A novel of family, privilege, and poverty, described as "King Lear in the Caribbean" (O, The Oprah Magazine).
A New York Post Must-Read Book
Peter Ducksworth, a Trinidadian widower of English ancestry, retires to Barbados, believing he will find an earthly paradise there. He decides to divide his land among his three daughters while he is alive, his intention not unlike that of King Lear, who hoped "That future strife/May be prevented now." But Lear made the fatal mistake of confusing flattery with love, and so does Ducksworth. Feeling snubbed by his youngest daughter, Ducksworth decides that only after he dies will she receive her portion of the land. In the meantime, he gives his two older daughters their portions, ironically setting in motion the very strife he hoped to prevent.
"An epic tale of family betrayal and manipulation couched in superbly engaging prose and peopled with deftly drawn characters. In a story structure as rhythmic as the ebb and flow of the water surrounding Trinidad and Barbados, this revisiting of the classic story of King Lear becomes a subtle, organic exploration of politics, class, race, and privilege. A dazzling, epic triumph." —Kirkus Reviews, starred review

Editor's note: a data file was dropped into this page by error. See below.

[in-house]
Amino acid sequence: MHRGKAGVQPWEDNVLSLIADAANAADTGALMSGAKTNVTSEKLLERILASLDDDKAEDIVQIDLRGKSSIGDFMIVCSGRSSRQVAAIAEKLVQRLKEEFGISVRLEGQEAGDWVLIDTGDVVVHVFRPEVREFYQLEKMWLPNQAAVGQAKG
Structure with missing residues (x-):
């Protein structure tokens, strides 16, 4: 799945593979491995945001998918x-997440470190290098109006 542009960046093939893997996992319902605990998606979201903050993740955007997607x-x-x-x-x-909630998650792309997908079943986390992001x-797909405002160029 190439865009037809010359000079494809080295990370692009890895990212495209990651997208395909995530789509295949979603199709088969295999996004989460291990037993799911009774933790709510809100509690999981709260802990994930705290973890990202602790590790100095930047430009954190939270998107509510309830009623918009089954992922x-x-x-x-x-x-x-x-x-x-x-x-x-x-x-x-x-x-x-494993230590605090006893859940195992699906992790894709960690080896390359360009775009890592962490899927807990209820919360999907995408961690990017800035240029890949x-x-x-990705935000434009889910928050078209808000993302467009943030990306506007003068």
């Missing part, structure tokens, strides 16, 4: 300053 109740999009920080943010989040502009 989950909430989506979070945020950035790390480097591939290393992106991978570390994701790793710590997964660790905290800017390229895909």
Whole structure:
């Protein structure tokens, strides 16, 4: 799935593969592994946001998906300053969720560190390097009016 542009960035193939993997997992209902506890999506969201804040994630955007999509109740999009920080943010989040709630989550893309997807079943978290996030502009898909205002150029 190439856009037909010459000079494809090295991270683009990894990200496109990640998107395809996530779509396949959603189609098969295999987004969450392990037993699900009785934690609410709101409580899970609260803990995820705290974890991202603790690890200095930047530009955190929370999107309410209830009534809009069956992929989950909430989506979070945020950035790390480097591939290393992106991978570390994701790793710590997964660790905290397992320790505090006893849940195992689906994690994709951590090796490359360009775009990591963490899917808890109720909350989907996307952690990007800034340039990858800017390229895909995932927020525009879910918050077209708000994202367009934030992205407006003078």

"Nunez's textured and engaging novel explores familial discord, along with questions of kinship and self-identity. . . . Nunez crafts an introspective tale as her vividly drawn characters navigate complications of heritage, race, and loyalty." —Booklist
"A Caribbean reimagining of King Lear that adds colonialism and racism to the story of three sisters, the men they love and their battle over the deed to their father's beloved property." —Ms. Magazine
"Even if you're not familiar with King Lear, William Shakespeare's great tragedy, you will still enjoy Even in Paradise." —Essence